Roll Your Own VPN with Raspberry Pi
If you want the maximum possible privacy protection when you’re online, having your own VPN server is the ideal solution. While building one may be outside the technical abilities—and ambition—of a lot of users, there are good reasons to consider doing so if you enjoy technical projects.
You won’t have to worry about logging policies, of course, since you’ll be running your own VPN. You can also use it anywhere and be secure in the knowledge that your data is encrypted.
Using Raspberry Pi to build your own VPN is technically demanding, but here are the basics of using the OpenVPN protocol.
What You’ll Need
You’ll need three things to get started. You’ll need a Cat5e cable to go between your router and your Raspberry Pi module. You’ll also need a Raspberry Pi Model B. This device comes with the accessories you’ll want, including a case and a power source. The final piece of equipment you’ll need is an SD card with a minim of 8GB storage.
Install NOOBS on the SD card.
You’ll want to make sure that all of the software on your components is up to date. You’ll next need to generate keys for your Raspberry Pi. You can do this using the Easy_RSA package that comes with OpenVPN.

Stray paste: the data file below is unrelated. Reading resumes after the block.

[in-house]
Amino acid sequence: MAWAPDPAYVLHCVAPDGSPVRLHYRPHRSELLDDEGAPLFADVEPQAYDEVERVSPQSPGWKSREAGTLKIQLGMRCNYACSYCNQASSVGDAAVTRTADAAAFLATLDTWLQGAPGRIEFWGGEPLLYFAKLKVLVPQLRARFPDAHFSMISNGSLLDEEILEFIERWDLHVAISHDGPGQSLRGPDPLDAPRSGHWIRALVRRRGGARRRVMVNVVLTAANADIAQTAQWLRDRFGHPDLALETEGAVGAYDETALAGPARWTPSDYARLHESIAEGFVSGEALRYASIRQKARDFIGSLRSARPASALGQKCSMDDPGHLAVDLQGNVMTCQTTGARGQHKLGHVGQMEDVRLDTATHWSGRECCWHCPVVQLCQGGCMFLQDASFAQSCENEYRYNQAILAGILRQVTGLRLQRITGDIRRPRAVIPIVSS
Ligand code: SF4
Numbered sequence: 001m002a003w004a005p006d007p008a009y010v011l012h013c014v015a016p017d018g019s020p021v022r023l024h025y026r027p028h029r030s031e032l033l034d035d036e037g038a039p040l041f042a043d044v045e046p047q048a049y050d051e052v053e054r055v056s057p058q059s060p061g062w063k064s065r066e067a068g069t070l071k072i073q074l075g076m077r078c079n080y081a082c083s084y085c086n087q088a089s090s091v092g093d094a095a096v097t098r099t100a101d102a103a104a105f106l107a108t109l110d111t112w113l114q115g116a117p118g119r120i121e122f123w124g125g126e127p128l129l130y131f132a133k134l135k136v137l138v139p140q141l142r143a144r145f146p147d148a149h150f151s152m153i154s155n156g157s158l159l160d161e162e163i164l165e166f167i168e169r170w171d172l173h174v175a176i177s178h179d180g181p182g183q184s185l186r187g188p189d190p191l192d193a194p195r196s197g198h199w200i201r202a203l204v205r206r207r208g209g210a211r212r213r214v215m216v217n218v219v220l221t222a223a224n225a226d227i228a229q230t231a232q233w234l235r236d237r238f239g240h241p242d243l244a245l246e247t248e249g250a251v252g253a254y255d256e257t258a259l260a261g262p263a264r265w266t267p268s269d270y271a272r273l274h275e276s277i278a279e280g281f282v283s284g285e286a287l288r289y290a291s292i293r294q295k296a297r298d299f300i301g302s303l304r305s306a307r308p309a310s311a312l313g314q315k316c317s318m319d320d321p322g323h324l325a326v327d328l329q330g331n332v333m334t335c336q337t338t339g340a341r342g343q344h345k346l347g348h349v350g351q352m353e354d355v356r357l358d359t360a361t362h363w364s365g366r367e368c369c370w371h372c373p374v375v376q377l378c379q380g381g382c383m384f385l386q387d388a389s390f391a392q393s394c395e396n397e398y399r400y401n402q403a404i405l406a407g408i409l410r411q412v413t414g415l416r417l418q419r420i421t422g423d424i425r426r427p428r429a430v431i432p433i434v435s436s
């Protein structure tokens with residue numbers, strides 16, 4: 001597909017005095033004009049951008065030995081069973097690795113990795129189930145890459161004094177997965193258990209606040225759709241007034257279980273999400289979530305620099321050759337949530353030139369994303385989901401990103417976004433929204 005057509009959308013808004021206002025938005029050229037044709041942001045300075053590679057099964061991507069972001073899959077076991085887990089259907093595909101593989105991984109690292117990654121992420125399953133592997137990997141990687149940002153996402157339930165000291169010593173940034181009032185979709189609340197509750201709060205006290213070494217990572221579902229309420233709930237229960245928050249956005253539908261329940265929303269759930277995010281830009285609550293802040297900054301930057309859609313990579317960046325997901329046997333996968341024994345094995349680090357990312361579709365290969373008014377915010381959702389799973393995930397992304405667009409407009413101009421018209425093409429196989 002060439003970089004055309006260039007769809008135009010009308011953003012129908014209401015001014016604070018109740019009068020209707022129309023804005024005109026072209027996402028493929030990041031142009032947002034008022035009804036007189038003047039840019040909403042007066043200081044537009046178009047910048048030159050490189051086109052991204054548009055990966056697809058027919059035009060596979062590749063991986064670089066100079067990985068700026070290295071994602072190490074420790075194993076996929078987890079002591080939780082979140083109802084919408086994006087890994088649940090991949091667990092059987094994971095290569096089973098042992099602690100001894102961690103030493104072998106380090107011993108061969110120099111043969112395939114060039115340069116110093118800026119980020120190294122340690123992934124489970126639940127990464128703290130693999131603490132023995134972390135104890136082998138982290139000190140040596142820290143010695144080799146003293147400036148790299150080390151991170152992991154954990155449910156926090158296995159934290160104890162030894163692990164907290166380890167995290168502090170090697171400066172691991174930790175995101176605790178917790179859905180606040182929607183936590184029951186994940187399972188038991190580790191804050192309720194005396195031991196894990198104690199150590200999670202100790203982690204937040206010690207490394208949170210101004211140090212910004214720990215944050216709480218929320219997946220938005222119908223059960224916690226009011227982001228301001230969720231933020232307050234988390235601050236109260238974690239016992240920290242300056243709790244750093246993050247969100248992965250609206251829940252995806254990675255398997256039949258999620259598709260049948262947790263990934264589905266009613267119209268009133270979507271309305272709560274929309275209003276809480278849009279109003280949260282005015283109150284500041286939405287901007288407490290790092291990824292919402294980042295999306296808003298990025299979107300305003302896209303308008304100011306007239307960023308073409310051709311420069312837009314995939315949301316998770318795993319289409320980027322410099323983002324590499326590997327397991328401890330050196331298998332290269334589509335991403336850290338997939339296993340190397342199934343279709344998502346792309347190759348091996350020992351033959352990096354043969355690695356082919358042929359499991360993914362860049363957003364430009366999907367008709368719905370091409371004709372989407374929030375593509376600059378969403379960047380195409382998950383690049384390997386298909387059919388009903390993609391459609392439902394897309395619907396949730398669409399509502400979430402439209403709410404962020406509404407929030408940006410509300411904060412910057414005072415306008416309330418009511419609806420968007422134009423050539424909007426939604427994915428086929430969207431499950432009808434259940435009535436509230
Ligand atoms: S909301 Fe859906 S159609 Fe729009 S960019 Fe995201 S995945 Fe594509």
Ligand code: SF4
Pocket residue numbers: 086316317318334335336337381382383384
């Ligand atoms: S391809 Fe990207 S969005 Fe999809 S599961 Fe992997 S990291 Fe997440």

When you generate your OpenVPN keys, you’ll sign them yourself rather than using a third party to take care of it. Of course, this eliminates a cost right off the bat. There are specific directions for this process at the link referenced above, as well as a great deal of instruction for some of the following steps.
Once you have your certificate signed and ready to go, you’ll have to set up the Raspberry Pi as a server on your network. This will require that you use the command line and the process is complex, so be aware that this may take some time to complete.
You’ll have to generate configuration files for your client devices so they can find your VPN server when you’re not on your home network. This can be done with scripting, automating the process and saving a lot of time.
Once you have your clients and your servers set up, you should be able to connect to your own VPN server from anywhere. You’ll have complete control over it, of course, and that means a lot in terms of privacy protection.
Be sure you’re using the current version of OpenVPN, which has been patched to fix the Heartbleed vulnerability. Provided you do this, you should be safe from any attacks that exploit the Heartbleed security problem. If you’re not sure whether or not you’re vulnerable, you can find a script to test your server here.